Crash driver was 16 times ke­tamine limit

Stockport Express - - Front Page - AN­DREW BARDSLEY

AN ENGI­NEER has nar­rowly avoided jail after crash­ing into a row of parked cars with three dif­fer­ent il­le­gal drugs in his sys­tem.

Calum McCul­lough, 24, from Stock­port, had taken co­caine, ke­tamine and M-Cat – a syn­thetic stim­u­lant – be­fore the smash.

Manch­ester mag­is­trates court heard how McCul­lough, a project engi­neer, was try­ing to re­verse out of a road in Dids­bury, when he crashed into seven parked cars.

The court was told that he’d had an ar­gu­ment with his girl­friend, and the pair have since split up.

Neigh­bours called the po­lice, and of­fi­cers found him ‘in­ca­pac­i­tated’ be­hind the wheel on May 12.

They later dis­cov­ered he had three dif­fer­ent types of drug in his sys­tem, co­caine, M-Cat and ke­tamine.

He was over the legally pre­scribed limit for all three drugs, pros­e­cu­tors said.

Blood tests for co­caine re­vealed McCul­lough had 14 mi­cro­grammes per litre of blood, when the le­gal ‘im­pair­ment’ limit is 10.

His read­ing for M-Cat was 389 mi­cro­grammes per litre of blood, more than seven times the limit of 50.

And his read­ing for ke­tamine was 330 mi­cro­grammes per litre of blood, when the le­gal limit is 20, which is 16-and-a-half times the le­gal limit.

McCul­lough, who was said to have used drugs on a daily ba­sis, said he took more than his usual amount prior to the crash.

The court was told he has two pre­vi­ous con­vic­tions, both for pos­sess­ing il­le­gal drugs.

McCul­lough was charged with three counts of drug-driv­ing, driv­ing with no in­sur­ance and fail­ing to no­tify a change of ad­dress.

He pleaded guilty be­fore mag­is­trates.

At a sen­tenc­ing hear­ing, McCul­lough re­ceived a three-month prison sen­tence, sus­pended for 18 months.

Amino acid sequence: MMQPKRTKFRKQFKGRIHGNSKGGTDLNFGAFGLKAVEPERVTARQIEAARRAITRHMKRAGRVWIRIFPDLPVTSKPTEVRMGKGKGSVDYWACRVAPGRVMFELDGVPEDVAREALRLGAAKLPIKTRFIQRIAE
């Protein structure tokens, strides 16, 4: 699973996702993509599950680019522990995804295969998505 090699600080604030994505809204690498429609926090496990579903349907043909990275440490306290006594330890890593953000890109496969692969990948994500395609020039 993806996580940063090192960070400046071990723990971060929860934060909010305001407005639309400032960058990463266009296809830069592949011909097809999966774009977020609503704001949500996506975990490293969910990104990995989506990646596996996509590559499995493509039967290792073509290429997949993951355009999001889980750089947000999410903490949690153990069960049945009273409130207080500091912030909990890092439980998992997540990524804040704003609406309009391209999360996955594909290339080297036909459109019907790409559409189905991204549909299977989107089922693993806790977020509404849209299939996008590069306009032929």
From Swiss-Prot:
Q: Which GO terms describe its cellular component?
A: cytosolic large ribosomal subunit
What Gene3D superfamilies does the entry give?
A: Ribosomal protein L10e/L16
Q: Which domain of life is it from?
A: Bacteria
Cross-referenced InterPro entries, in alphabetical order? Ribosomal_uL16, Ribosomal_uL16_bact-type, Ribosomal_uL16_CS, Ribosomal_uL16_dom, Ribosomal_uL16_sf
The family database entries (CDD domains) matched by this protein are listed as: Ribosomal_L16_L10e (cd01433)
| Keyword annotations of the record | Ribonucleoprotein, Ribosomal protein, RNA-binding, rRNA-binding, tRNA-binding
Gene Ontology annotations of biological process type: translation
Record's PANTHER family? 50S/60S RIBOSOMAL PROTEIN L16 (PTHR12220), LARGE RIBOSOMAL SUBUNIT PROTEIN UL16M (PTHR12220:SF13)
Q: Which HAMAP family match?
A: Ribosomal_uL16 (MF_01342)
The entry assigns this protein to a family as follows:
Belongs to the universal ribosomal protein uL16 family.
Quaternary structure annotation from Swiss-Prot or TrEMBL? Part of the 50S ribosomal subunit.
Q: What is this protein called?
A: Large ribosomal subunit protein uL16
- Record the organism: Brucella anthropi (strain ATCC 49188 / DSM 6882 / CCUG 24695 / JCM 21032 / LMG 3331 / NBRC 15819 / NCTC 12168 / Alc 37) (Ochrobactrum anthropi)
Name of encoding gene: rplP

He must also com­plete 200 hours of un­paid work and com­plete a 12 month drug re­ha­bil­i­ta­tion pro­gram. He was also banned from driv­ing for 30 months.

Damian Mullarkey, de­fend­ing, said: “What I can’t get away from here is the three dif­fer­ent and sep­a­rate drugs in his sys­tem at the time of driv­ing.

“I’m no math­e­ma­ti­cian but I have worked out he was at least 12 or 13 times the limit on both drugs.”

He told mag­is­trates that McCul­lough’s job is well paid, and means he is ‘re­quired to travel in­ter­na­tion­ally on a fre­quent ba­sis.’

“He can af­ford, rightly or wrongly, to fund that habit,” Mr Mullarkey said.

But he has in­curred ‘sig­nif­i­cant’ debts, and hadn’t told his em­ploy­ers of his con­vic­tion, the court heard.

Mr Mullarkey said his client, who was said to have taken drugs to cope with stress at work, was ‘pet­ri­fied’ of them find­ing out.

The lawyer added: “He is in a good job. He has very good prospects.

“He has a ca­reer for life if you per­mit him to con­tinue his em­ploy­ment.

“This is not some­body who is a co­caine ad­dict or a heroin ad­dict.

“He has an ad­dic­tion to what ap­pears to be recre­ational drugs.”

Ap­peal­ing for a sus­pended sen­tence to be im­posed, Mr Mullarkey said McCul­lough, of Dids­bury Road, Stock­port, would ‘lose ev­ery­thing’ if he were to be jailed.

Sen­tenc­ing, chair of the bench Michael Dun­ston said: “The peo­ple of Manch­ester need pro­tec­tion against this type of drug­driv­ing.

“You are very lucky that peo­ple weren’t killed. This sort of be­hav­iour won’t be tol­er­ated.”

He added: “You have been ex­tremely for­tu­nate to­day.”

In 2015, ,the government in­tro­duced new laws to tackle drug driv­ing. The new laws set out the ac­cept­able lev­els of eight il­le­gal drugs.

Th­ese lim­its were set at a low level, so cases where a driver claimed they had been ac­ci­den­tally ex­posed to the drug could be ruled out.

Ear­lier this year, it was re­vealed that about 25,000 mo­torists across Eng­land and Wales had been caught in the past three years since the new laws were in­tro­duced.

If driv­ers are pulled over and of­fi­cers be­lieve they are un­fit to drive be­cause due to tak­ing drugs, they can be ar­rested and taken to a po­lice sta­tion for tests.

●●Calum McCul­lough

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